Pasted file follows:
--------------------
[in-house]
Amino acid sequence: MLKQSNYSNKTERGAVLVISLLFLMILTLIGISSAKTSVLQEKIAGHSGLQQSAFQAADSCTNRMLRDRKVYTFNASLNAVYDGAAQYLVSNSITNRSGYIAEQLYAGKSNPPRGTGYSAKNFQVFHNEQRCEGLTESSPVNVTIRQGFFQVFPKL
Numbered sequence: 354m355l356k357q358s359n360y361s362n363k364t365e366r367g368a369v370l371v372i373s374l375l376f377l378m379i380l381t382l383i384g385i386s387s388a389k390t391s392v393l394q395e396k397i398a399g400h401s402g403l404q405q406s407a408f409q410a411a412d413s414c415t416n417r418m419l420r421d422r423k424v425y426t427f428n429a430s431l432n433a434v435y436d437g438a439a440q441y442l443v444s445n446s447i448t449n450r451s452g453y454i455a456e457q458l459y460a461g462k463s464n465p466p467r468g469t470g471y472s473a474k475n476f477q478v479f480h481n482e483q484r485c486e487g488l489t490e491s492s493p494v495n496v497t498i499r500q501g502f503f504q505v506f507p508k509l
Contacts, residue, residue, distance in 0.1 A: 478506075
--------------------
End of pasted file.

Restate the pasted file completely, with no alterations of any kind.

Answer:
[in-house]
Amino acid sequence: MLKQSNYSNKTERGAVLVISLLFLMILTLIGISSAKTSVLQEKIAGHSGLQQSAFQAADSCTNRMLRDRKVYTFNASLNAVYDGAAQYLVSNSITNRSGYIAEQLYAGKSNPPRGTGYSAKNFQVFHNEQRCEGLTESSPVNVTIRQGFFQVFPKL
Numbered sequence: 354m355l356k357q358s359n360y361s362n363k364t365e366r367g368a369v370l371v372i373s374l375l376f377l378m379i380l381t382l383i384g385i386s387s388a389k390t391s392v393l394q395e396k397i398a399g400h401s402g403l404q405q406s407a408f409q410a411a412d413s414c415t416n417r418m419l420r421d422r423k424v425y426t427f428n429a430s431l432n433a434v435y436d437g438a439a440q441y442l443v444s445n446s447i448t449n450r451s452g453y454i455a456e457q458l459y460a461g462k463s464n465p466p467r468g469t470g471y472s473a474k475n476f477q478v479f480h481n482e483q484r485c486e487g488l489t490e491s492s493p494v495n496v497t498i499r500q501g502f503f504q505v506f507p508k509l
Contacts, residue, residue, distance in 0.1 A: 478506075